By Wendy Taccetta, SVP, Small and Medium Business for Verizon Business
The shift in our hybrid and remote working world and the increase in mobile device use allow for a bigger attack surface — with more locations and devices expanding vulnerabilities. No matter what type of business you are—whether a city-wide pizzeria chain to the local hair & nail salon and spa—you must be prepared today to address cybersecurity issues from every perspective. Mobile devices provide an entry point for a wide range of attacks, with bad actors increasingly finding innovative ways to exploit and manipulate users and information — potentially exposing data and disrupting operations.
According to the 2022 Verizon Mobile Security Index (MSI), extensive mobile use and the increase in mobile and IoT devices resulted in a 22% increase in data or system downtime. Additionally, 52% of respondents said they have sacrificed the security of mobile devices to “get the job done.” In retail, almost nine out of 10 businesses are concerned that a mobile security breach could have a lasting impact on their brand or customer loyalty and 41% of respondents said mobile presents a daunting security challenge.
The Biggest Threats to the Smallest Companies: The More You Know
While being mobile (and untethered) presents many benefits, SMBs still need to be aware, alert and keep their defenses up.
- Think before you click. (Phishing and mobile devices). Did you know that in 2021, 83% of organizations experienced a successful email-based phishing attack compared to 46% the year before? Attackers will take advantage of any opportunity to make their phishing attacks more successful. The design of apps on mobile devices can, unintentionally, make phishing harder to detect, helping attackers to get past people’s normal defenses. Help your employees prepare by not clicking a bad link, providing credentials, or executing a wire transfer.
- Just say no (To Apps and Access). The number of apps, especially web-based ones, continues to grow. Malware remains a major problem, but even everyday apps can be a threat. Giving applications access to the camera, microphone, photos, location data, and other data and device functions can be a significant security risk. Users should be careful about applications requesting permissions that they don’t need.
- Beware of Weird Campaigns (Malware). The 2022 Verizon Data Breach Investigations Report found that over 30% of breach cases involved some form of malware. Attackers design phishing campaigns specifically targeting mobile devices, and they build malware specifically for mobile devices too.
- Ransomware. The remote environment is primed for ransomware. As organizations continue to support remote or hybrid work, they no longer have the visibility and control they once had inside their perimeter. In fact, according to a recent State of Small Business Report, a majority of small and midsize business decision makers consider viruses (55%) and malware and ransomware (54%), the most concerning and at risk compared to previous years. Having unmanaged and personal devices on networks outside the traditional perimeter greatly reduces the visibility and control that security teams have.
- Devices and things. With more devices, the danger of lost or missing devices grows. But it’s not just the quantity of devices that’s growing, the variety is growing too. Today there are smartphones, laptops, tablets, hybrids, wearables, and a seemingly endless range of connected devices that employees are using.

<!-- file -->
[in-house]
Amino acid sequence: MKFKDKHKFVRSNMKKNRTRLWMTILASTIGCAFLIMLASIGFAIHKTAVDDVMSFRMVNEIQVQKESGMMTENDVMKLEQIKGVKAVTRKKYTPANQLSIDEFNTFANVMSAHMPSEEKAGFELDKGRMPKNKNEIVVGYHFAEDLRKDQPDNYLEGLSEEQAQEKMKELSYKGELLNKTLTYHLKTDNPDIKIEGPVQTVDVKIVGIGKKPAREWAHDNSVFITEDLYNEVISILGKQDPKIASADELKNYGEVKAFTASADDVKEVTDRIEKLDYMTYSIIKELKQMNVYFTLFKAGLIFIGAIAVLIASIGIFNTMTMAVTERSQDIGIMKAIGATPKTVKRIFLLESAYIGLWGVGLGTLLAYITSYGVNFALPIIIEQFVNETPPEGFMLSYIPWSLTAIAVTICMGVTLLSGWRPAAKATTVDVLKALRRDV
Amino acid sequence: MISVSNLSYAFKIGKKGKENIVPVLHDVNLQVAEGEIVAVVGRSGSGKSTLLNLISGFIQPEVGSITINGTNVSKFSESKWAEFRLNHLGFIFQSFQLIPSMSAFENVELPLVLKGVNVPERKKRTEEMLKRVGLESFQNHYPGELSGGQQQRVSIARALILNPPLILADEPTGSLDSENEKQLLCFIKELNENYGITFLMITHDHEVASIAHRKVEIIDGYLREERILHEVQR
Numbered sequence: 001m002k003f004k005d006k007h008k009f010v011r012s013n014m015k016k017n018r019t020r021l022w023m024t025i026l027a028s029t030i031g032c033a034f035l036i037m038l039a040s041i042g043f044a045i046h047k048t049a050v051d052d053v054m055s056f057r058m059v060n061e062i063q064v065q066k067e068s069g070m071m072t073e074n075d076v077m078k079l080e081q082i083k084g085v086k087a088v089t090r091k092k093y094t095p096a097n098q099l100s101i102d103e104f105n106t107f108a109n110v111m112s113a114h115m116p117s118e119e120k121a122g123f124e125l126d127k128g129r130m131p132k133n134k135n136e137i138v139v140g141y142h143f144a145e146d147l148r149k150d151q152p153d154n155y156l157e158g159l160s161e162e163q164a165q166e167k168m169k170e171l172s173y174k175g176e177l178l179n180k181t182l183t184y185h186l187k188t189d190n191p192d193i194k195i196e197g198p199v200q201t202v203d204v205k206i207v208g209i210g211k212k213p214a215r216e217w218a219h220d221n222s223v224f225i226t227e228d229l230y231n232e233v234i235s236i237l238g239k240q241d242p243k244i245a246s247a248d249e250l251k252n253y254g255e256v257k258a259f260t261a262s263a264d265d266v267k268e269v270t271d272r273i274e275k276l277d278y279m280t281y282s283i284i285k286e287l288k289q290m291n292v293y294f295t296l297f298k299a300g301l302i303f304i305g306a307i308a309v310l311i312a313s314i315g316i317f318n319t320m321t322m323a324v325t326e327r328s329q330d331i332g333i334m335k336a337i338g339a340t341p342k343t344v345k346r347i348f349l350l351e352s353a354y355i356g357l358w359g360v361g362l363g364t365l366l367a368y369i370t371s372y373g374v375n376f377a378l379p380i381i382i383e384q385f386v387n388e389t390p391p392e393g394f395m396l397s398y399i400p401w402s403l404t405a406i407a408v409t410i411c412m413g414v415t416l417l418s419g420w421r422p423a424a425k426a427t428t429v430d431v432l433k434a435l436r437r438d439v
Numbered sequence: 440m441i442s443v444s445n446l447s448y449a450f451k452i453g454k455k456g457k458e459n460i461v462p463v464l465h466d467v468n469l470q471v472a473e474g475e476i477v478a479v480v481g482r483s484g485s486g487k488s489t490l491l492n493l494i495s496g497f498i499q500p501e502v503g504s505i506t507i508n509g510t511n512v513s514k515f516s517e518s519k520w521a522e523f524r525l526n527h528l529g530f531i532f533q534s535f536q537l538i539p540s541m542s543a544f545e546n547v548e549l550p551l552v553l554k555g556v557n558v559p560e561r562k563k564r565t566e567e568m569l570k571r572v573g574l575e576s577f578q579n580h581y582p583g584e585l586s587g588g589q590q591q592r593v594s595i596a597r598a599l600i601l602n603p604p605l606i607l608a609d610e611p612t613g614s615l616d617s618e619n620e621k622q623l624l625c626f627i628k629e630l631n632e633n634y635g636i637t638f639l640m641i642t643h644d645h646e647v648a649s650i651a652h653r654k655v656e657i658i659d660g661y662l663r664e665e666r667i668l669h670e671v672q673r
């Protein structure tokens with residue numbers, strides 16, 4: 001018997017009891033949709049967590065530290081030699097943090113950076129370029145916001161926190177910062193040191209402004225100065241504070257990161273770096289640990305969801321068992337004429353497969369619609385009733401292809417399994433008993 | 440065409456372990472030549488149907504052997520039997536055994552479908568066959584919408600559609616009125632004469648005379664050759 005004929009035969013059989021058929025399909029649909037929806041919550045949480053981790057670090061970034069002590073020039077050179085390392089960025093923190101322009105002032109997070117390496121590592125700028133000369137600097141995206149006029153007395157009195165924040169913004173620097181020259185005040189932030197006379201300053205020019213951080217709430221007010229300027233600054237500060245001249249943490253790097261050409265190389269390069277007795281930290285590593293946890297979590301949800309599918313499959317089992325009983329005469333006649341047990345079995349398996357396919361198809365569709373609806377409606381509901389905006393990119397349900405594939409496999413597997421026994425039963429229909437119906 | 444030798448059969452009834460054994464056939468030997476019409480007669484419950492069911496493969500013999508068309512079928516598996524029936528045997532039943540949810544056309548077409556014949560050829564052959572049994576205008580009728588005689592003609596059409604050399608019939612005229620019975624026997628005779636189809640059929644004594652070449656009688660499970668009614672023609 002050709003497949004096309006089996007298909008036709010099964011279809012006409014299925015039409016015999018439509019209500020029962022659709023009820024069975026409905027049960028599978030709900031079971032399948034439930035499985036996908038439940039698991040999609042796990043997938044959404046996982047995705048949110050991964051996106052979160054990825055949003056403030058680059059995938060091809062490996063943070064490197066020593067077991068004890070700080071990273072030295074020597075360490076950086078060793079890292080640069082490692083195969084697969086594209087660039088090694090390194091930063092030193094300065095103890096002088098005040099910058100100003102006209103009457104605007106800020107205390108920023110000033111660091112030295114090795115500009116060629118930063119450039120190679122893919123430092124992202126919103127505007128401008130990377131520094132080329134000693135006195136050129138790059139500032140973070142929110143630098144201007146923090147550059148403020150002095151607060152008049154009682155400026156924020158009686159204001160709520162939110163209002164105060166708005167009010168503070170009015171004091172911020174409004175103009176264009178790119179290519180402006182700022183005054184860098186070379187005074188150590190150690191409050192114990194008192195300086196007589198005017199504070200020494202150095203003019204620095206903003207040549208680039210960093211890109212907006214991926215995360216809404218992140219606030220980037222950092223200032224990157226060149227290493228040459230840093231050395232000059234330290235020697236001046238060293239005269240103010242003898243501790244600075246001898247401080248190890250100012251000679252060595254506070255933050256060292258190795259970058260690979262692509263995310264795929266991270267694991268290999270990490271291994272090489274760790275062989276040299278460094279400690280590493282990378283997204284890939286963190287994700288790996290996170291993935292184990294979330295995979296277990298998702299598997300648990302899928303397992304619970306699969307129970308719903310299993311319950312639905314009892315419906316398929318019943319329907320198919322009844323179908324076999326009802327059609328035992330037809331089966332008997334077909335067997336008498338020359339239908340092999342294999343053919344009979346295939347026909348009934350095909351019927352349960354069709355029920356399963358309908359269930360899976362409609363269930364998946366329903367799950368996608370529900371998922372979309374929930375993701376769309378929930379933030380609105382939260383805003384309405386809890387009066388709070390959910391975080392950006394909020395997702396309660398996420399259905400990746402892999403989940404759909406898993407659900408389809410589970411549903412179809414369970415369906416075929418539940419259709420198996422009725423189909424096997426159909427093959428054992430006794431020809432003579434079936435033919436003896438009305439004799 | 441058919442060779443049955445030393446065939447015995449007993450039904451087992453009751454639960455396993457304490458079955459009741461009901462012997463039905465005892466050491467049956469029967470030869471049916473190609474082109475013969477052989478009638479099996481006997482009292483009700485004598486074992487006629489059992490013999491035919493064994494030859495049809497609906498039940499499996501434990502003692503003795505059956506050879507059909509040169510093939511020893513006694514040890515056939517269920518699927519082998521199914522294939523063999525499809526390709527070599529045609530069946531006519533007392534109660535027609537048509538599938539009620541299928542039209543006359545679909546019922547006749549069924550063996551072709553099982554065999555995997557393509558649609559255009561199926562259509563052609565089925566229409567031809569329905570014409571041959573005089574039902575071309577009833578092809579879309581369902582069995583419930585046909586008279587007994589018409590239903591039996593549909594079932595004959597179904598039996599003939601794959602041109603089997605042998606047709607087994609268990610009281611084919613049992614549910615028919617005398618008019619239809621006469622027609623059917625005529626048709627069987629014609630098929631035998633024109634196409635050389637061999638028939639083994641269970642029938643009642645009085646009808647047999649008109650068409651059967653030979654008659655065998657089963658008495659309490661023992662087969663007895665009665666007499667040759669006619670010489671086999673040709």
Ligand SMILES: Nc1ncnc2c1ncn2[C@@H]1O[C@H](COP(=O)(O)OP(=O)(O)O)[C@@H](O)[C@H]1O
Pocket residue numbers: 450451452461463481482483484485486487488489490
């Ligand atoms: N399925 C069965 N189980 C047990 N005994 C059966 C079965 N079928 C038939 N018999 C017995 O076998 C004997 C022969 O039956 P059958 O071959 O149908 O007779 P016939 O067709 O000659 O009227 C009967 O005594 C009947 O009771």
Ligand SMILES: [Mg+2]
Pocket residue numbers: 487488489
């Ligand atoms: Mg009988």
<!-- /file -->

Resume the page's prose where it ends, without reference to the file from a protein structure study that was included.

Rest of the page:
- Networks and cloud. Insecure networks remain a serious threat to mobile device security. Attackers can intercept traffic through man-in-the middle (MitM) attacks or lure employees into using rogue Wi-Fi hotspots or access points.
10 Simple Ways to Prioritize Data Security in a Complicated World
With mobile use essential to staying relevant to consumers, it’s a good time for companies of all sizes, especially SMBs, to double down on their cybersecurity policies.
Data security doesn’t need to be complicated. Here are 10 simple ways they can better protect their data and key systems:
- Ensure that employees understand the importance of keeping operating systems and apps up to date on all devices.
- Prioritize cybersecurity awareness training so that employees know what to look for. (Training should include real-world attack simulations to mimic everyday scams.)
- Deploy anti-malware functionality to all devices.
- Consider restricting employee access on resources and devices not controlled by the company.
- Force password changes.
- Set mobile devices to allow full email addresses and URLs to be viewed.
- Implement controls to verify requests for changes in account information — this could be as simple as sending a confirmation message before changes are made.
- Develop a detailed bring your own device (BYOD) policy that clearly lists responsibilities in plain language.
- Verify your backups often — an emergency is a bad time to find out that there’s a problem.
- Consider introducing endpoint detection and response (EDR)—this uses behavioral-based analysis to provide threat protection and can provide valuable insight.
Remember, education, preventative maintenance and a proper policy and solution are key to protect both your business and your customers critical information against cyber attackers.
About the Author
Wendy Taccetta is SVP, Small and Medium Business for Verizon Business. My team and I are focused on creating the best end-to-end wireless experience for small business owners who trust their business to Verizon. Wendy can be reached at firstname.lastname@example.org and online at LinkedIn here: https://www.linkedin.com/in/wendytaccetta/ and at our company website https://www.verizon.com/business/solutions/small-business/